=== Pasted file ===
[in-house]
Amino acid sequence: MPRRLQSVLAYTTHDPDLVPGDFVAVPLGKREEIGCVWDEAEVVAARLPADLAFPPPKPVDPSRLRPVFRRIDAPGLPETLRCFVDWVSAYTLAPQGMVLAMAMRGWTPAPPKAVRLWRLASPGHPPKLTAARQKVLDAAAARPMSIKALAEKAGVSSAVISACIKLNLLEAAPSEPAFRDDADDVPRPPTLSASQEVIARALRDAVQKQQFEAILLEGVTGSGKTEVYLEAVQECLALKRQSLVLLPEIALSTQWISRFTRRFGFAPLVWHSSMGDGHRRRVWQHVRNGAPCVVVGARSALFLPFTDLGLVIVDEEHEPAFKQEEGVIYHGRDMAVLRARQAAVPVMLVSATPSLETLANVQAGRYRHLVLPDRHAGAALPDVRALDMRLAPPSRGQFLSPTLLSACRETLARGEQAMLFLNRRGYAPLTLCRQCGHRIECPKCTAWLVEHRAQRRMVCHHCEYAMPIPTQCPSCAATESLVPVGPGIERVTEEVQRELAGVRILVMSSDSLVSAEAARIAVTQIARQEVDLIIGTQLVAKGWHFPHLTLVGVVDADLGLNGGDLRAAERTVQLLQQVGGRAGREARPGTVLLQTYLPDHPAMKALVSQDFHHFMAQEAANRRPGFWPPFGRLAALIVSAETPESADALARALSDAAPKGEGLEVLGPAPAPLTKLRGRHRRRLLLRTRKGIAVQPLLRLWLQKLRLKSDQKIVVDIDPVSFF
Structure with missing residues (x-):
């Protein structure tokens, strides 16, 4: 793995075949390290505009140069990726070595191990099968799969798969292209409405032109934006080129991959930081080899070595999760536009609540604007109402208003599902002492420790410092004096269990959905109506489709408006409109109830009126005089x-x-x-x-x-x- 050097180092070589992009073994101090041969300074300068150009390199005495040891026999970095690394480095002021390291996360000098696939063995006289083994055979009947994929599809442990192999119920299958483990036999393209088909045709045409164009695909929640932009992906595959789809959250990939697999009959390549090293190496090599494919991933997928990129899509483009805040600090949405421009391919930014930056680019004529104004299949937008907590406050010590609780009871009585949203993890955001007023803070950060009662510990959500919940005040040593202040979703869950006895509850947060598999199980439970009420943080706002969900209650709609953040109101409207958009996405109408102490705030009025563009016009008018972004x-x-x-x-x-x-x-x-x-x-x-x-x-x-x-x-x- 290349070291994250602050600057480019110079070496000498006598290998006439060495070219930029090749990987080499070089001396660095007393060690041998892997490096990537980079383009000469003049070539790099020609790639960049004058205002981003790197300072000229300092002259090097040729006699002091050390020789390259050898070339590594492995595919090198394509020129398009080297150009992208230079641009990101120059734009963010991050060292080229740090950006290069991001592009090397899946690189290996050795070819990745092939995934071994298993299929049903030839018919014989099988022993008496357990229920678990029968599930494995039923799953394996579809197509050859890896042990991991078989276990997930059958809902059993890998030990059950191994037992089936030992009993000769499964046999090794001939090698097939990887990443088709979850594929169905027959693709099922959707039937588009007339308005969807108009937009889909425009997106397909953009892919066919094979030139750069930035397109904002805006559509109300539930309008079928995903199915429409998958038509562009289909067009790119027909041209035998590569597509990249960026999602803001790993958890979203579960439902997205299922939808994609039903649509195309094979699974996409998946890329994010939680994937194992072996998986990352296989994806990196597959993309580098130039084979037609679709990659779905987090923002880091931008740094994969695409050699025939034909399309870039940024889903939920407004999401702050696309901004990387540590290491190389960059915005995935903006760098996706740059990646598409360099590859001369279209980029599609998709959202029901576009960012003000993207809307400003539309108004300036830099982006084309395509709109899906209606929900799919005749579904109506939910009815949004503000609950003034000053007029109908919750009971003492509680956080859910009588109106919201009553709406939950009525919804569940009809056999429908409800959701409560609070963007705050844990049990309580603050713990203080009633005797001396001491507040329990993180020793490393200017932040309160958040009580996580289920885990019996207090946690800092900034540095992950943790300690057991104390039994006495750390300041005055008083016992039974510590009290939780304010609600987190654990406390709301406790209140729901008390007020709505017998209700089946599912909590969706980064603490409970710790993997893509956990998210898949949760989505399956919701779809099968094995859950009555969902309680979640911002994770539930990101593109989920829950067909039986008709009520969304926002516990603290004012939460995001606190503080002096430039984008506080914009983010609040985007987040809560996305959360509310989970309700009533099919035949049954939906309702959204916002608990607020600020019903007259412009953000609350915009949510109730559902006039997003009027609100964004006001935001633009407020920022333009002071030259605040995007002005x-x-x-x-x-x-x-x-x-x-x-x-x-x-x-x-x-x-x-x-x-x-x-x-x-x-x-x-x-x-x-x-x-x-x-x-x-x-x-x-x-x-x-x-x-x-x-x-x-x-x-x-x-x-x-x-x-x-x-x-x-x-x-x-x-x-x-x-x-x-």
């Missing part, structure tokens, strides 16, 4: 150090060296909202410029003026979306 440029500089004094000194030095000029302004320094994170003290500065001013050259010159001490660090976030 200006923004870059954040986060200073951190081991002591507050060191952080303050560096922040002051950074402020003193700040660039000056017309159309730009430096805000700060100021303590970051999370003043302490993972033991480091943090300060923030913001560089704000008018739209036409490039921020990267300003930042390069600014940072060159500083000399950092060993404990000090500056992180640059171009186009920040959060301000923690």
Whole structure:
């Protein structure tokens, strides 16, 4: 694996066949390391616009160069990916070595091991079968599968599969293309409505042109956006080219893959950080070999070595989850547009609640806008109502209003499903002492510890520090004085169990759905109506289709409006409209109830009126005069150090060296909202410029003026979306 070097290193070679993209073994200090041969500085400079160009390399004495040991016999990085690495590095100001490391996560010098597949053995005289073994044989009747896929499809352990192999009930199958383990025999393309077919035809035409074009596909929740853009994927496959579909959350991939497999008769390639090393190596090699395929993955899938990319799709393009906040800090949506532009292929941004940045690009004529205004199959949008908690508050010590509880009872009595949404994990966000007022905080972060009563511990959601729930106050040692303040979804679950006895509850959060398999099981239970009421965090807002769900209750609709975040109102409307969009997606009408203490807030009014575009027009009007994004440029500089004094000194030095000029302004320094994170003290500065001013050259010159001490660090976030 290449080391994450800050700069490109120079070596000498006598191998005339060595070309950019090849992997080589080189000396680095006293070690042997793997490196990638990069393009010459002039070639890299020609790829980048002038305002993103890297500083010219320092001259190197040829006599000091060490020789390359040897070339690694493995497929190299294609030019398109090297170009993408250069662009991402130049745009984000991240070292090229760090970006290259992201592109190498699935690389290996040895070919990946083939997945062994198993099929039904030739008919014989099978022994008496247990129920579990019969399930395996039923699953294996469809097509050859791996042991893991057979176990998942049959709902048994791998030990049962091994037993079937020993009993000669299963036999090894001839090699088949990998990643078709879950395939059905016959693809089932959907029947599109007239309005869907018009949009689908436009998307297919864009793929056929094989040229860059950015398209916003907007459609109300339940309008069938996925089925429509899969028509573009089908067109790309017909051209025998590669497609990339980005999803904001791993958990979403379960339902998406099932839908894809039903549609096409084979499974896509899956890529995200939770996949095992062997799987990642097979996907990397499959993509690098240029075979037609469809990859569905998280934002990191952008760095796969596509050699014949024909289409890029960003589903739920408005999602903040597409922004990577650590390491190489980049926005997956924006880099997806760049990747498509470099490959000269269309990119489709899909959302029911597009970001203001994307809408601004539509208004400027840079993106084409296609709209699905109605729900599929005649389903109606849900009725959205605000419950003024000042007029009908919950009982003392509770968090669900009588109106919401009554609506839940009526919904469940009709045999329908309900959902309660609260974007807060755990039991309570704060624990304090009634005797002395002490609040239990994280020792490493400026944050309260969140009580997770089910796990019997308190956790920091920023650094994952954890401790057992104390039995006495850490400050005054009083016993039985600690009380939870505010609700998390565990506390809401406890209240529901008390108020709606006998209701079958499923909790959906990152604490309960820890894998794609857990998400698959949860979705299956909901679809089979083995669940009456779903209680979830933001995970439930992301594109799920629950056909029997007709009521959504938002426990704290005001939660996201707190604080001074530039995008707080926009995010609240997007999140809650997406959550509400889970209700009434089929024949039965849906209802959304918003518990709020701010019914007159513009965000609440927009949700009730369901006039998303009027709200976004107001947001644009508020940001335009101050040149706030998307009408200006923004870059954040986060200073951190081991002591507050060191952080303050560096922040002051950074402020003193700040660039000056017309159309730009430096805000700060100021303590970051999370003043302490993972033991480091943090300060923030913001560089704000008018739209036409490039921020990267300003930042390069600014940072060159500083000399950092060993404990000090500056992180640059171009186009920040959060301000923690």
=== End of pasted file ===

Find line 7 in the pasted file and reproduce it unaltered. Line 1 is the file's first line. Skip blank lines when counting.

């Protein structure tokens, strides 16, 4: 694996066949390391616009160069990916070595091991079968599968599969293309409505042109956006080219893959950080070999070595989850547009609640806008109502209003499903002492510890520090004085169990759905109506289709409006409209109830009126005069150090060296909202410029003026979306 070097290193070679993209073994200090041969500085400079160009390399004495040991016999990085690495590095100001490391996560010098597949053995005289073994044989009747896929499809352990192999009930199958383990025999393309077919035809035409074009596909929740853009994927496959579909959350991939497999008769390639090393190596090699395929993955899938990319799709393009906040800090949506532009292929941004940045690009004529205004199959949008908690508050010590509880009872009595949404994990966000007022905080972060009563511990959601729930106050040692303040979804679950006895509850959060398999099981239970009421965090807002769900209750609709975040109102409307969009997606009408203490807030009014575009027009009007994004440029500089004094000194030095000029302004320094994170003290500065001013050259010159001490660090976030 290449080391994450800050700069490109120079070596000498006598191998005339060595070309950019090849992997080589080189000396680095006293070690042997793997490196990638990069393009010459002039070639890299020609790829980048002038305002993103890297500083010219320092001259190197040829006599000091060490020789390359040897070339690694493995497929190299294609030019398109090297170009993408250069662009991402130049745009984000991240070292090229760090970006290259992201592109190498699935690389290996040895070919990946083939997945062994198993099929039904030739008919014989099978022994008496247990129920579990019969399930395996039923699953294996469809097509050859791996042991893991057979176990998942049959709902048994791998030990049962091994037993079937020993009993000669299963036999090894001839090699088949990998990643078709879950395939059905016959693809089932959907029947599109007239309005869907018009949009689908436009998307297919864009793929056929094989040229860059950015398209916003907007459609109300339940309008069938996925089925429509899969028509573009089908067109790309017909051209025998590669497609990339980005999803904001791993958990979403379960339902998406099932839908894809039903549609096409084979499974896509899956890529995200939770996949095992062997799987990642097979996907990397499959993509690098240029075979037609469809990859569905998280934002990191952008760095796969596509050699014949024909289409890029960003589903739920408005999602903040597409922004990577650590390491190489980049926005997956924006880099997806760049990747498509470099490959000269269309990119489709899909959302029911597009970001203001994307809408601004539509208004400027840079993106084409296609709209699905109605729900599929005649389903109606849900009725959205605000419950003024000042007029009908919950009982003392509770968090669900009588109106919401009554609506839940009526919904469940009709045999329908309900959902309660609260974007807060755990039991309570704060624990304090009634005797002395002490609040239990994280020792490493400026944050309260969140009580997770089910796990019997308190956790920091920023650094994952954890401790057992104390039995006495850490400050005054009083016993039985600690009380939870505010609700998390565990506390809401406890209240529901008390108020709606006998209701079958499923909790959906990152604490309960820890894998794609857990998400698959949860979705299956909901679809089979083995669940009456779903209680979830933001995970439930992301594109799920629950056909029997007709009521959504938002426990704290005001939660996201707190604080001074530039995008707080926009995010609240997007999140809650997406959550509400889970209700009434089929024949039965849906209802959304918003518990709020701010019914007159513009965000609440927009949700009730369901006039998303009027709200976004107001947001644009508020940001335009101050040149706030998307009408200006923004870059954040986060200073951190081991002591507050060191952080303050560096922040002051950074402020003193700040660039000056017309159309730009430096805000700060100021303590970051999370003043302490993972033991480091943090300060923030913001560089704000008018739209036409490039921020990267300003930042390069600014940072060159500083000399950092060993404990000090500056992180640059171009186009920040959060301000923690």